I thought I was doomed to live a life of privation while exposed on every front by the foods I loved until, in a blinding revelation, I discovered that I could tolerate goat's milk!  This discovery opened up vistas heretofore forbidden; I found goat ice creams and most wonderful of all - an entire universe of cheeses.  Varieties like creamy Gouda, veinous blues like Humbolt Fog and Verde Carpa, as well as a host of  cheddars, and mozzarella's introduced themselves and when I discovered the mushroomy delights of Triple Cream Goat Brie I was ecstatic. Then there were spreadable flavored and plain soft cheeses in their creamy packs for my bagels and crackers.  The only thing lacking so far is the discovery somewhere of goat Parmisian so can once again taste a decent pizza.

Life is good again.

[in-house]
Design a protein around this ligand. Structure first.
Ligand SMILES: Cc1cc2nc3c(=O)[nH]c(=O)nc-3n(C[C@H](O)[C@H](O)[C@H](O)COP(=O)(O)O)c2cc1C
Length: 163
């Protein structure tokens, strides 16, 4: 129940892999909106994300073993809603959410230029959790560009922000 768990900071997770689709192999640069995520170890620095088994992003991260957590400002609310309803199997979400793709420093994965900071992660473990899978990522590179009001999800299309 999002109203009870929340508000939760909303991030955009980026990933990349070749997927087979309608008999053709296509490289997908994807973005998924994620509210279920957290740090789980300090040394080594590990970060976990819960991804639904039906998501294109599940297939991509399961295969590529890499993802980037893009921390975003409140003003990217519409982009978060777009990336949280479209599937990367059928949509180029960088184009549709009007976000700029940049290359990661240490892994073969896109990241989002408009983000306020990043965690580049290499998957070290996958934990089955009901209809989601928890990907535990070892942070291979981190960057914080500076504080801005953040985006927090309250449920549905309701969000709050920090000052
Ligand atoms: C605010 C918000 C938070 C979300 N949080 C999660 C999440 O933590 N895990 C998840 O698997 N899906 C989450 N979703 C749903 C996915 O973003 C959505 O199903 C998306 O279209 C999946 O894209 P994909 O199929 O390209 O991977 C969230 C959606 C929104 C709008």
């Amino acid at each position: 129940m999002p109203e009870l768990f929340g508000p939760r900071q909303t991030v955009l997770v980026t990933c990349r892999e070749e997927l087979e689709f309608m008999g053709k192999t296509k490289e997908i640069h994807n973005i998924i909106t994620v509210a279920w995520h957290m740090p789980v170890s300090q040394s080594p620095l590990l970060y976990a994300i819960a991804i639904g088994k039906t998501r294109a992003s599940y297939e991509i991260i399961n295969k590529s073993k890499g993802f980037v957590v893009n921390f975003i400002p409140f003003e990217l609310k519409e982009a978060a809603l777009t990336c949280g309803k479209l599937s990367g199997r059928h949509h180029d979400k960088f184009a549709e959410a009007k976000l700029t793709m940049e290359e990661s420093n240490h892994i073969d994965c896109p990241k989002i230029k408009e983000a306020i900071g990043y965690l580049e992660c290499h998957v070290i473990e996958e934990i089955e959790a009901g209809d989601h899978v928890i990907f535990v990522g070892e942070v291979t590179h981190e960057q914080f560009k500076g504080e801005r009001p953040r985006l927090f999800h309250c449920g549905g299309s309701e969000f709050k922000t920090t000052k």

Saturday, August 18, 2012

Birth of a story

I wanted to write a specific short story and expressed the idea to an editor. When the editor accepted the possibility I immediately started writing a draft outline - you know, blocking the scenes, building the characters and environs, etc. What I lacked was the detailed knowledge of the technology involved, hence, Research!

It was fascinating as I uncovered  things I did not know, developments I was previously unaware of, and features that I hadn't thought of in the first blush of concept.  As each new piece of information was discovered I added a few lines of exposition to the developing outline. The more facts I acquired the more explanation was needed, it seemed.  But it was all so interesting.

After two weeks I had several thousand words of exposition and far fewer of dialogue and action. Worse, the new knowledge destroyed much of the original plot/concept so how was I to make use of all that information and still avoid excessive exposition?